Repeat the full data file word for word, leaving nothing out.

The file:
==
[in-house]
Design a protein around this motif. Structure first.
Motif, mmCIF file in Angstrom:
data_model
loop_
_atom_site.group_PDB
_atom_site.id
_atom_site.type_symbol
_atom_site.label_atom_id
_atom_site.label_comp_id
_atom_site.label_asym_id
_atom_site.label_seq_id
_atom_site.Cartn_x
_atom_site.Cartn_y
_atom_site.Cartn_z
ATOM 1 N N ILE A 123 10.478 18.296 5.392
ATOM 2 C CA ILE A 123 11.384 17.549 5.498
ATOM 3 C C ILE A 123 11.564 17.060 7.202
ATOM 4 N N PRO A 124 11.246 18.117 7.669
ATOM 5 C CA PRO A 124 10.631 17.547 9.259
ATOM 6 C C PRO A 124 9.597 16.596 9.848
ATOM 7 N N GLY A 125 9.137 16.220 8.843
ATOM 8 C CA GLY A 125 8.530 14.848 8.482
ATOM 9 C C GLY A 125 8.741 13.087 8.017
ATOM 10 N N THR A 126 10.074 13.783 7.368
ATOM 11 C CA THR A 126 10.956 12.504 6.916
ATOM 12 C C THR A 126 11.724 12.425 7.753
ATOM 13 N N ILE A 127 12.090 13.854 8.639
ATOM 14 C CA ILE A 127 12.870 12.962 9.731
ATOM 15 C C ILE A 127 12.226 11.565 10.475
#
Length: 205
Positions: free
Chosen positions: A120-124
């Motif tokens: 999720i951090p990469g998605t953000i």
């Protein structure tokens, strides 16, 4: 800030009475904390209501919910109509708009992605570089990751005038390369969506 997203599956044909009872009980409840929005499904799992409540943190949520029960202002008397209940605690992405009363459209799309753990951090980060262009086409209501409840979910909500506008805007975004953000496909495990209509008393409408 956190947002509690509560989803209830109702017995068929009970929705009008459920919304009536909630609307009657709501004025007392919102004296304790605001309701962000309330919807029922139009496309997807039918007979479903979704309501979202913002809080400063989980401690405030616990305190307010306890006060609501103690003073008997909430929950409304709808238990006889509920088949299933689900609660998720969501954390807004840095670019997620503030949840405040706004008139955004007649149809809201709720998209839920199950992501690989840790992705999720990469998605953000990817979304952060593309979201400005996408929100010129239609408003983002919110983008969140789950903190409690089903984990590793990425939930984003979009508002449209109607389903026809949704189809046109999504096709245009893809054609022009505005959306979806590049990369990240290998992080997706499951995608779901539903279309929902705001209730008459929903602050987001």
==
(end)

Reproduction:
[in-house]
Design a protein around this motif. Structure first.
Motif, mmCIF file in Angstrom:
data_model
loop_
_atom_site.group_PDB
_atom_site.id
_atom_site.type_symbol
_atom_site.label_atom_id
_atom_site.label_comp_id
_atom_site.label_asym_id
_atom_site.label_seq_id
_atom_site.Cartn_x
_atom_site.Cartn_y
_atom_site.Cartn_z
ATOM 1 N N ILE A 123 10.478 18.296 5.392
ATOM 2 C CA ILE A 123 11.384 17.549 5.498
ATOM 3 C C ILE A 123 11.564 17.060 7.202
ATOM 4 N N PRO A 124 11.246 18.117 7.669
ATOM 5 C CA PRO A 124 10.631 17.547 9.259
ATOM 6 C C PRO A 124 9.597 16.596 9.848
ATOM 7 N N GLY A 125 9.137 16.220 8.843
ATOM 8 C CA GLY A 125 8.530 14.848 8.482
ATOM 9 C C GLY A 125 8.741 13.087 8.017
ATOM 10 N N THR A 126 10.074 13.783 7.368
ATOM 11 C CA THR A 126 10.956 12.504 6.916
ATOM 12 C C THR A 126 11.724 12.425 7.753
ATOM 13 N N ILE A 127 12.090 13.854 8.639
ATOM 14 C CA ILE A 127 12.870 12.962 9.731
ATOM 15 C C ILE A 127 12.226 11.565 10.475
#
Length: 205
Positions: free
Chosen positions: A120-124
């Motif tokens: 999720i951090p990469g998605t953000i």
């Protein structure tokens, strides 16, 4: 800030009475904390209501919910109509708009992605570089990751005038390369969506 997203599956044909009872009980409840929005499904799992409540943190949520029960202002008397209940605690992405009363459209799309753990951090980060262009086409209501409840979910909500506008805007975004953000496909495990209509008393409408 956190947002509690509560989803209830109702017995068929009970929705009008459920919304009536909630609307009657709501004025007392919102004296304790605001309701962000309330919807029922139009496309997807039918007979479903979704309501979202913002809080400063989980401690405030616990305190307010306890006060609501103690003073008997909430929950409304709808238990006889509920088949299933689900609660998720969501954390807004840095670019997620503030949840405040706004008139955004007649149809809201709720998209839920199950992501690989840790992705999720990469998605953000990817979304952060593309979201400005996408929100010129239609408003983002919110983008969140789950903190409690089903984990590793990425939930984003979009508002449209109607389903026809949704189809046109999504096709245009893809054609022009505005959306979806590049990369990240290998992080997706499951995608779901539903279309929902705001209730008459929903602050987001």